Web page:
Now the McCain campaign appears to be stepping back from one of its more childish school-yard taunts:
Republican John McCain appeared to back down on Tuesday in his dispute with his opponent Barack Obama over tire pressure.
Last week in St. Louis, Obama told an audience that steps such as inflating tires to the correct levels could make a difference when it comes to conserving fuel.
Cue gleeful mockery from McCain. Obama was naive, inexperienced and not talking straight to the American people about energy, he said.
His campaign went further, distributing to reporters tire gauges engraved with the words “Obama’s energy plan.”
Predictably, Obama hit back calling McCain’s mockery “ignorant,” arguing his plans were being misrepresented and saying that experts backed his call over tire pressure. Equally predictably, McCain’s camp hit back.
The surprise came during a telephone town hall meeting McCain held on Tuesday with voters in Pennsylvania.
“Obama said a couple of days ago says we all should inflate our tires. I don’t disagree with that. The American Automobile Association strongly recommends it,” McCain said.
But he kept up his broad criticism of Obama on energy: “I … don’t think that that (inflating tires) is a way to become energy independent.”
(The fact that Obama's claim was uncontroversially true, and that the Washington press corps knew it as well as any drivers education student, didn't stop the big media from treating this foolishness as "news" for several days. Republicans learned the effectiveness of purile ploys like this, and likelihood of the press's willing participation, with the "purple heart" Band-Aids mocking Kerry's war service in 2004.)
That being said, now that the bottom seems to be dropping out of the Obama Tire Gauge market, I want one for my car. If anyone reading this has the right connections to the GOP and can bag one for me, please let me know.
For reasons I can't explain, the modern GOP goes for these prop gag-driven gimmicks like it was the Party of Carrot Top--tire gauges, Band-aids, "flip-flop" beach sandals, jelly beans, and on and on. And there's one other, on which a favorite family story hangs:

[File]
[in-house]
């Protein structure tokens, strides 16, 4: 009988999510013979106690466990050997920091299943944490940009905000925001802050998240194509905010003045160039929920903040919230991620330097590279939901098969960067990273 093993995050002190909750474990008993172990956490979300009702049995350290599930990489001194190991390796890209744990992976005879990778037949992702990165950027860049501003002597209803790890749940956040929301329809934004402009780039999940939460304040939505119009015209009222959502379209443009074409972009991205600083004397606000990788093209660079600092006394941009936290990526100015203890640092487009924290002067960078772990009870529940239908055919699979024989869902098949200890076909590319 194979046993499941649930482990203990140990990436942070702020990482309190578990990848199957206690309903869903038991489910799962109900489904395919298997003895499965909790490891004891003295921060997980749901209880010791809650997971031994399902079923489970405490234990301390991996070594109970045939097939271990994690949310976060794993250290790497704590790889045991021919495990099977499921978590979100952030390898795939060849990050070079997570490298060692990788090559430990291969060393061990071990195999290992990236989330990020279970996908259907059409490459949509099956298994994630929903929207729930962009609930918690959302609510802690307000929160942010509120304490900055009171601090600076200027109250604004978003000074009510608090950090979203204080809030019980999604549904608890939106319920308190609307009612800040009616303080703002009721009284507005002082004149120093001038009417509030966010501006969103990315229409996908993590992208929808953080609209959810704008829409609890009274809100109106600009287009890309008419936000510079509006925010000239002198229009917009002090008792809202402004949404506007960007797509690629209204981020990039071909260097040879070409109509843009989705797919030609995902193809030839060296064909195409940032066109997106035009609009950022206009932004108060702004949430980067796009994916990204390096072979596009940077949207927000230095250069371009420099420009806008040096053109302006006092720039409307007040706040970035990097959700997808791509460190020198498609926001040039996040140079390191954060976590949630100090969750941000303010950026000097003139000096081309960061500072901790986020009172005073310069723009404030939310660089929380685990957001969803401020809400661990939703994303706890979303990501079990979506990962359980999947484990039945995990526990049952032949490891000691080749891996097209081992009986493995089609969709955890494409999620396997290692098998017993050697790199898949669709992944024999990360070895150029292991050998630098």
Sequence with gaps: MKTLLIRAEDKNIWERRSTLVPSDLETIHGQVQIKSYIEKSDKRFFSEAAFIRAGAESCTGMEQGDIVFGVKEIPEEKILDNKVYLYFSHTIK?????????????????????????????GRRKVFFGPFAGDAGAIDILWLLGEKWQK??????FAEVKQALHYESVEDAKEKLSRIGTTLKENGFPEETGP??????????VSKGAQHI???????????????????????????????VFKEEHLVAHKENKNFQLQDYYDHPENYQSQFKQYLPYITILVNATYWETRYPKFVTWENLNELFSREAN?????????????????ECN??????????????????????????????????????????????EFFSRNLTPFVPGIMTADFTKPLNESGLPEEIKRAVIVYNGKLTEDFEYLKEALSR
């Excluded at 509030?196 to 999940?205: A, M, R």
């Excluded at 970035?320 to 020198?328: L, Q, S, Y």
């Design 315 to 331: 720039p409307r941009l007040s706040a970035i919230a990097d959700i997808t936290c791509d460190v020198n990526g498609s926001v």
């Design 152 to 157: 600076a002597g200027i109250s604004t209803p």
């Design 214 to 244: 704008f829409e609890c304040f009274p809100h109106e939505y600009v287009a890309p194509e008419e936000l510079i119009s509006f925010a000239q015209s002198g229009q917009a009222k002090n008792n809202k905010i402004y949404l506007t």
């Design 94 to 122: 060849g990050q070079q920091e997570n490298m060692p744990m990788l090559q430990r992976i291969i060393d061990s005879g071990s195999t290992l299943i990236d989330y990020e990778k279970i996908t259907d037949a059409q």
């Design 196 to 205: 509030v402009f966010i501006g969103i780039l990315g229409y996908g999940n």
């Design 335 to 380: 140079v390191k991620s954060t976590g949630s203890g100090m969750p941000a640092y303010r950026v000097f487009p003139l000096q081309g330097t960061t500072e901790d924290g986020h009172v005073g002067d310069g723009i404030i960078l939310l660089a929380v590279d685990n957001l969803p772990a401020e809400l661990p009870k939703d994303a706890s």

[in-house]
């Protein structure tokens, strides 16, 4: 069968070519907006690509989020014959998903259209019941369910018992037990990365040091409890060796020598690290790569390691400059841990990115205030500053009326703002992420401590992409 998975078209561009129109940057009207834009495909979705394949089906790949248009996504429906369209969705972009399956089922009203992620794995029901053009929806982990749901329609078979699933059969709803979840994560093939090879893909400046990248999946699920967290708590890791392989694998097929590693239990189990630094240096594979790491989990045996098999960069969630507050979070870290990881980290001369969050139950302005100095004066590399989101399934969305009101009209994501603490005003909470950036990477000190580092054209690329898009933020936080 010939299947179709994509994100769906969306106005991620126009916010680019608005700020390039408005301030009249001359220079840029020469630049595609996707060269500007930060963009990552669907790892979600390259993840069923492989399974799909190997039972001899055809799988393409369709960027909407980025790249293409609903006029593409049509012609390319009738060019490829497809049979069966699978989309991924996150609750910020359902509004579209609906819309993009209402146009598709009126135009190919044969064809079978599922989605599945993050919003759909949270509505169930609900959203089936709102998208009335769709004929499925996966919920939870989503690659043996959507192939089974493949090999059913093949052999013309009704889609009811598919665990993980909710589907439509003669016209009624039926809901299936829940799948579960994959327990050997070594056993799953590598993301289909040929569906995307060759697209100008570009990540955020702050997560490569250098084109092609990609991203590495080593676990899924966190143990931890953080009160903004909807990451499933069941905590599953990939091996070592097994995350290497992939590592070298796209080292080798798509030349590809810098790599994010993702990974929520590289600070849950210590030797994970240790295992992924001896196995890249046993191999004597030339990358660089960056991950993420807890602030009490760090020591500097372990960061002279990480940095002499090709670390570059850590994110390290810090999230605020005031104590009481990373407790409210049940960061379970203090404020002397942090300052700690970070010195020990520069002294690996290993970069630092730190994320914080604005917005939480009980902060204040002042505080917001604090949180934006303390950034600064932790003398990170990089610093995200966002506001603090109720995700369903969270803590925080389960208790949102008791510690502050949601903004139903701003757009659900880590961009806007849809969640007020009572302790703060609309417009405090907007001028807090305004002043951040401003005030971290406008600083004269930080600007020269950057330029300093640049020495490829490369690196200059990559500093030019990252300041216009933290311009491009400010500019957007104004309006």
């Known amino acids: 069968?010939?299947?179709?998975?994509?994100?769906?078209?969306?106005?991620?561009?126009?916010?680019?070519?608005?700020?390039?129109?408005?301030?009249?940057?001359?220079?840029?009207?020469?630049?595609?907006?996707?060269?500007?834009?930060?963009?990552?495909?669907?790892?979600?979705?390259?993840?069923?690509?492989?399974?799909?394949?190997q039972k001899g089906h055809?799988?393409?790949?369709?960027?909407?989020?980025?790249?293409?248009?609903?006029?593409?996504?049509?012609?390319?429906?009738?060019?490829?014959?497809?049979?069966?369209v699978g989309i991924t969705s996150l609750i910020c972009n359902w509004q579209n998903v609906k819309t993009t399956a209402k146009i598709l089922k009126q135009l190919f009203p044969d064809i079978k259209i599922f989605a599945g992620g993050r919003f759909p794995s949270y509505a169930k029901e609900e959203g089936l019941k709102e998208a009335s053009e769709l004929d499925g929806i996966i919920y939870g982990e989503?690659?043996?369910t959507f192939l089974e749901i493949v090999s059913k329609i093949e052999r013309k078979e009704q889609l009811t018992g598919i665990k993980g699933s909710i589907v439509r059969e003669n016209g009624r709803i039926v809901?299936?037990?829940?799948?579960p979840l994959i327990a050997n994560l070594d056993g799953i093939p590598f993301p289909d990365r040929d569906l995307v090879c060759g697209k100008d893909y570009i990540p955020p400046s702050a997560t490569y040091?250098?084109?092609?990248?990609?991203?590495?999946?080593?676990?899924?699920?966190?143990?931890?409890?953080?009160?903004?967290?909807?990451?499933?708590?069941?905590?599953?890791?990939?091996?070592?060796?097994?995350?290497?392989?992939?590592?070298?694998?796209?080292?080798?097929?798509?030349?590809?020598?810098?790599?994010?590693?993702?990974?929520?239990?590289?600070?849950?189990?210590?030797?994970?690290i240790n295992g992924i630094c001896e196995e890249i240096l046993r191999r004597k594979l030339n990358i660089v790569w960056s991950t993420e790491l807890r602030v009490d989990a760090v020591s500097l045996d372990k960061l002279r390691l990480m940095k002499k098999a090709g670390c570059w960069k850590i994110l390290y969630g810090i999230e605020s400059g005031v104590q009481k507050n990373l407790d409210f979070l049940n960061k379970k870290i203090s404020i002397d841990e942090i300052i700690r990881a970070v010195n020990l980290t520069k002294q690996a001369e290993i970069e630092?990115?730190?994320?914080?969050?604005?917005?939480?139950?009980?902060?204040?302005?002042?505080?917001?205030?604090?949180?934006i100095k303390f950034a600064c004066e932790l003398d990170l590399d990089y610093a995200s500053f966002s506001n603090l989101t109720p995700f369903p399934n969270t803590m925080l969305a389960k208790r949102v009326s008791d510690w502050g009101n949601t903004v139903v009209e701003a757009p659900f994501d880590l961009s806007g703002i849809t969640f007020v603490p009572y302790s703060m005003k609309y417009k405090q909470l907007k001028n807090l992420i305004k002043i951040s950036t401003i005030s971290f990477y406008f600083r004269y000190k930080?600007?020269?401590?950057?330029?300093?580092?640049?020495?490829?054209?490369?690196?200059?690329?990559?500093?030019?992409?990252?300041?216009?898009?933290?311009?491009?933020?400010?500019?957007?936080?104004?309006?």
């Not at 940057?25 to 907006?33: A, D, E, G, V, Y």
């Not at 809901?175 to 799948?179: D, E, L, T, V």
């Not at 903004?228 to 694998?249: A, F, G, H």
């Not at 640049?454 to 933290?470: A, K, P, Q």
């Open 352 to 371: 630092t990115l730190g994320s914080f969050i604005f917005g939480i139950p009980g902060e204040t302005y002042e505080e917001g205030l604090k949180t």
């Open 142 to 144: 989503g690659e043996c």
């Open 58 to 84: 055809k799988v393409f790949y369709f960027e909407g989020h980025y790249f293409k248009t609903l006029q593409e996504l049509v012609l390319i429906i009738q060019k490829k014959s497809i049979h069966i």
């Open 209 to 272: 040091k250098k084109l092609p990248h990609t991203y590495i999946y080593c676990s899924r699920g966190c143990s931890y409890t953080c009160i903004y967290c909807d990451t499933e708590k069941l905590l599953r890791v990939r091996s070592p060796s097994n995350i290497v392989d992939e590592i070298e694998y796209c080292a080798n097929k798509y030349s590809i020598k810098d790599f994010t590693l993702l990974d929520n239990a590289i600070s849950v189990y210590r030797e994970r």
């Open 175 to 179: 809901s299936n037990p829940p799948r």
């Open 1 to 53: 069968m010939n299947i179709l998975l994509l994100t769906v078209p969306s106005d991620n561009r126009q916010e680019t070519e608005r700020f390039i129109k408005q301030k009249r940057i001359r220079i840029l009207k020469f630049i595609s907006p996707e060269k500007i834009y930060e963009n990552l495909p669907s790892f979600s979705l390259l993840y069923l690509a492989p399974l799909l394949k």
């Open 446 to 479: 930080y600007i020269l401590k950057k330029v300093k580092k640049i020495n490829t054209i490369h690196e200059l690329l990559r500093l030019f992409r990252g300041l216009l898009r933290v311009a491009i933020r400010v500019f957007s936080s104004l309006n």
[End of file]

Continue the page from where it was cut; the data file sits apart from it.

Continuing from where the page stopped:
In 1989, my uncle and aunt, both staunch Republicans and the aunt related to the Quayle family by marriage, were thrilled to be invited to the Bush/Quayle inaugural celebrations. One nighttime event gathered everyone on the Mall to celebrate Peggy Noonan's campaign slogan "a thousand points of light" (each point of light was theorized to represent one of the private or nonprofit entities that would step forward to pick up the slack caused by a decade of Republican domestic budget slashing).
At the culmination of the ceremony, when Bush uttered the tag line, each guest was to light and hold aloft one of the 40,000 commemorative Maglight flashlights donated by the manufacturer, each engraved with Bush and Quayle's names, the date, and "A Thousand Points of Light" (the flashlights were the points of light--get it?).
Think of it as a "Goodbye Norma Jean" moment for the non-Elton crowd.
All well and good--until my kinfolk discovered to their outrage that they were expected to shell out close to twenty bucks for their Maglight. Like all good Reagan Republicans, they were foursquare behind the whole thousand-points-of-light thing as long as it was clearly understood that it wasn't going to involve any outlay on their part. Out of affection and tact, the Democrats in our family only teased them about this story a little.